Africa, Economy & Trade, Headlines, Labour

LABOUR-NIGERIA: Union Leaders Call for Strike Over Fuel Tax

Toye Olori

LAGOS, Jan 10 2004 (IPS) - A showdown is looming between Nigeria’s labour unions and government over a controversial fuel tax, which consumers want the authorities to scrap.

The Nigerian Labour Congress (NLC) has given a two-week ultimatum, ending on Jan. 20, to the government to reverse the 1.50 Naira (around two U.S. cents) tax.

If not, the Congress warns it will launch a mass mobilisation next week to prepare workers for a nationwide protest. It plans to hold its first rally in Abeokuta, capital of the western state of Ogun, where President Olusegun Obasanjo comes from. From there, the rally will move to Lagos and other state capitals.

Adams Oshiomhole, President of the NLC, said the Jan. 20 deadline was to give members of National Assembly, who would resume sitting on Jan. 13, time to "deliberate on the matter and take position by declaring the tax as illegal".

"Congress calls on the National Assembly to reject the implementation of this new petroleum tax as it has not been legalised by the lawmakers. This is an acid test for the National Assembly to demonstrate that they are representatives of the people," Oshiomhole said.

Whether Nigerians would go along with the planned strike action remains to be seen. A similar strike in Oct. 2003 was cancelled when union leaders realised the call was unpopular.

The only strike Nigerians heeded last year was the one organised in July to protest an increase in fuel price. But the strike, which lasted eight days, was called off when it became apparent Nigerians were becoming restless over the loss of their businesses.

"The July 2003 strike did not achieve anything as government went ahead with the price increase. What does the NLC want to achieve by next week’s strike when citizens are already paying the fuel tax?" asked Bukola Adeniji, a senior civil servant.

Instead he urged the labour movement to negotiate a better package for workers.

Wary of the impending strike, the government has embarked on moves to break the ranks of the labour movement. President Olusegun Obasanjo on Friday held a meeting with the Petroleum Tanker Drivers in the capital, Abuja.

"The government intends to find a way of dissuading the tanker drivers from participating in the protest," a senior government official told IPS by telephone from Abuja on Friday.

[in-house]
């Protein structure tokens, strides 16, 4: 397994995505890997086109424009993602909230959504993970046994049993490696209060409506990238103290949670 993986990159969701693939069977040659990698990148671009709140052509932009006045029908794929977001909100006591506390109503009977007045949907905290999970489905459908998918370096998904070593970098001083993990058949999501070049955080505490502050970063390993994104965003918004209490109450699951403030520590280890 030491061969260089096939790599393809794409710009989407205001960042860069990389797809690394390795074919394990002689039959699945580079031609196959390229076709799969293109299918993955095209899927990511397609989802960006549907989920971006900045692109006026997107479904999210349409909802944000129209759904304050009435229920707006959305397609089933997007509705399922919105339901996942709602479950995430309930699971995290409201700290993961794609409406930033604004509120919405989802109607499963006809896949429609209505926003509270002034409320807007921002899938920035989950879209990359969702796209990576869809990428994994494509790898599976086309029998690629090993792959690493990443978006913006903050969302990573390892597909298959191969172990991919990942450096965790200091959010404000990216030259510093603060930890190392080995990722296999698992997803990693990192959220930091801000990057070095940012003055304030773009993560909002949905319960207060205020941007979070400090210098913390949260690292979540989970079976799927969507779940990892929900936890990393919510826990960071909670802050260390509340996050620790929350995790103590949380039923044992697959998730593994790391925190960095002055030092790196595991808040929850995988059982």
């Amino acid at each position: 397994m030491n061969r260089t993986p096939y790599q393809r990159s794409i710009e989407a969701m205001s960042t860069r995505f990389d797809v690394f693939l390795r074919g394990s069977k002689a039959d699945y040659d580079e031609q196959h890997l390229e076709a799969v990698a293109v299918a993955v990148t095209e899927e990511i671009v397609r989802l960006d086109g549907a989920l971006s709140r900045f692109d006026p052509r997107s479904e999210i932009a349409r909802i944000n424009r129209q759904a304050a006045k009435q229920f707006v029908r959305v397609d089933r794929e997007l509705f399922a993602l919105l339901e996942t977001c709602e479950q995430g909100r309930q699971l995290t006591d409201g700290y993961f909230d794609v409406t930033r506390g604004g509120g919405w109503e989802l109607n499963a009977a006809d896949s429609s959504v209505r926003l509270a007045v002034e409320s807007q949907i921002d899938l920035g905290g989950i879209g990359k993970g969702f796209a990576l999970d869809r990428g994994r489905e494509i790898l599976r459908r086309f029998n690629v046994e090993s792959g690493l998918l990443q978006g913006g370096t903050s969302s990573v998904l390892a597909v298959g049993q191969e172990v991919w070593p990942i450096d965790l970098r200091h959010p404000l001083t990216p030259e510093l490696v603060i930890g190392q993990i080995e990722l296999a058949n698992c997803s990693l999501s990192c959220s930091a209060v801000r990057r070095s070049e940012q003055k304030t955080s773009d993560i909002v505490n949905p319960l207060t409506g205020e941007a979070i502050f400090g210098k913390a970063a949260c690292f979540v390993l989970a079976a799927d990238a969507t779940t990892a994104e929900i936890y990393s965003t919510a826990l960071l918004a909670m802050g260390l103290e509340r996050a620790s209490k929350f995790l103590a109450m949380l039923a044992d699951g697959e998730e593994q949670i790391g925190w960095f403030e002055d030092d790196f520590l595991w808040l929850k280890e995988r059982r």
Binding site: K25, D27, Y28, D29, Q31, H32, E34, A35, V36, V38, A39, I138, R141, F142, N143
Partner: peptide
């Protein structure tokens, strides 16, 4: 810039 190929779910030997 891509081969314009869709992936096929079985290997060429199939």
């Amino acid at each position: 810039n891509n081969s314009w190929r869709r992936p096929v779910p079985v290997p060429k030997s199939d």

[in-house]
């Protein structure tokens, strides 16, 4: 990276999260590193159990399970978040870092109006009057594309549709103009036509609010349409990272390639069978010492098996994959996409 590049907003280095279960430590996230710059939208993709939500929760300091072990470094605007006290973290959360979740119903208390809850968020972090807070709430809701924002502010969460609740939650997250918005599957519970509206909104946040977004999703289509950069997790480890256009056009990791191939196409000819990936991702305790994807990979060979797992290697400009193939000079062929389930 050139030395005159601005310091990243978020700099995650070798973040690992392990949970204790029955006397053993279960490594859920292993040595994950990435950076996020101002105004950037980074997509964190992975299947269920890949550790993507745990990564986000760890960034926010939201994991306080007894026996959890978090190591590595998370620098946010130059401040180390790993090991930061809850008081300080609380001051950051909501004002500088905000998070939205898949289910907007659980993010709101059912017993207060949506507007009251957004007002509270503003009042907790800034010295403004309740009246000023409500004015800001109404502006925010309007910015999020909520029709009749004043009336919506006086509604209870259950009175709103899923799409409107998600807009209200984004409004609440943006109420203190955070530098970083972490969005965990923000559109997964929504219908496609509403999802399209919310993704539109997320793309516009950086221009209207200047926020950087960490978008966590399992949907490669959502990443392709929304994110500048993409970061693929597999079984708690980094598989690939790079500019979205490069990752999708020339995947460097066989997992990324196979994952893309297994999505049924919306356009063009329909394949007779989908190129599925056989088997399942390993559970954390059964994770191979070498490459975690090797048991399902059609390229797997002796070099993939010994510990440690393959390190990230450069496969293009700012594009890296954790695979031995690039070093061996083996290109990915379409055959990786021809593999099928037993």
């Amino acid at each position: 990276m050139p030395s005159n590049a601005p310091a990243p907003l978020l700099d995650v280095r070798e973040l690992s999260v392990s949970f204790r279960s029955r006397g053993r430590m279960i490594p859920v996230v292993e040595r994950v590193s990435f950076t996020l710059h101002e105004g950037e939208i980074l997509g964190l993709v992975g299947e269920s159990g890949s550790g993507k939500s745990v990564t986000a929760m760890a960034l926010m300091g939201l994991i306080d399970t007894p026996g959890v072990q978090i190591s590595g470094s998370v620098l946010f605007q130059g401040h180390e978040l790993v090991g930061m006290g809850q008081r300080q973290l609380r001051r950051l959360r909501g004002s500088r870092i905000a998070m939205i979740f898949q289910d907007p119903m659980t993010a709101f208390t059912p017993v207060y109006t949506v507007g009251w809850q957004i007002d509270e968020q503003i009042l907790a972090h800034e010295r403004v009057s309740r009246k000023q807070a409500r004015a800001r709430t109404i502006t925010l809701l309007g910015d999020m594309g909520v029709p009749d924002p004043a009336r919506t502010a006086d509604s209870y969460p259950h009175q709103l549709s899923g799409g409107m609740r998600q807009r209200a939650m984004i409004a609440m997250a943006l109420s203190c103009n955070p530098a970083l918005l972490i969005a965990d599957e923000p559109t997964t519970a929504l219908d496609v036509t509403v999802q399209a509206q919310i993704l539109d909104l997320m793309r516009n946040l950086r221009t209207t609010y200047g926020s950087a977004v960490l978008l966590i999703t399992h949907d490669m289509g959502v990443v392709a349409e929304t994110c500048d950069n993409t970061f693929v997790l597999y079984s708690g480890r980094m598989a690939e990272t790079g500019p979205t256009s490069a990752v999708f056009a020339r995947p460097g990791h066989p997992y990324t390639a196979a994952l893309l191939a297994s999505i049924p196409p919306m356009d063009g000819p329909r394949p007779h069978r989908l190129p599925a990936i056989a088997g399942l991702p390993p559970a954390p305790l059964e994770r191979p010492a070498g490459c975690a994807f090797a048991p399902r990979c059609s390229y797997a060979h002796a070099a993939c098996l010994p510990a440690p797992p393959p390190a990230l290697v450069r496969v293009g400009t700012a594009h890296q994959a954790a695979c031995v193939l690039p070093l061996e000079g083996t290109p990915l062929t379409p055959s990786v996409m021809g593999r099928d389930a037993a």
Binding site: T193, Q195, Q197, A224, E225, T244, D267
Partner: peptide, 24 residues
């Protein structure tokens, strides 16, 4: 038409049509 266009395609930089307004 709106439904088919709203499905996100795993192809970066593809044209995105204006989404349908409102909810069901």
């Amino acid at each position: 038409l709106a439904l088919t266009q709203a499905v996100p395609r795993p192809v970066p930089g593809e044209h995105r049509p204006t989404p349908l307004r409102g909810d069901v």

The Congress is also demanding that the government take control of Nigeria’s oil industry to avoid unnecessary price increases. Last year the price of petrol climbed to 50 cents from 34 cents a litre, after the government privatised the oil industry.

The latest threat to go on strike by the labour movement followed President Obasanjo’s Dec. 18 announcement to introduce tax on fuel from Jan. 1, while canceling payments at toll plazas. The tax, the government said, would be used for the maintenance of highways. Nigeria has 31 toll plazas where cars pay 10 cents, buses 20 cents and heavy trucks one dollar each time they pass through a toll plaza.

The Lagos State government, which last week threatened to take the federal government to court over the fuel tax, says it is waiting for the national assembly to convene on Monday and take a decision on the matter.

Dele Alake, Lagos State Commissioner for Information, said: "We are waiting for the official decision of the National Assembly which is the only body authorised to approve or endorse any form of taxation on the citizens of this country".

Civil society groups Friday began meeting with labour unions and opposition parties in Lagos to plan strategies for the planned strike action.

"This tax is an affront and represents a war against the people of Nigeria. We are ready to go to war against the (ruling) People’s Democratic Party. We are ready to give Nigerians hope until our last breath," said Femi Aborishade of the National Conscience Party (NCP).

Caroline Ibanga, a teacher in Lagos, is worried that revenue from the fuel tax may be diverted to other projects.

"I know it will go into private pockets and enrich certain people. After all, a top government official collected billions of Naira for road maintenance, which did not take place. And this administration did nothing to bring him to books. This fuel tax will go the same way," she told IPS.

But President Obasanjo Thursday doused fears that the revenue expected from the tax would be diverted to other projects. "Not one kobo (cent) out of that revenue will be diverted to other projects. The money will be devoted to road maintenance," he said.

 
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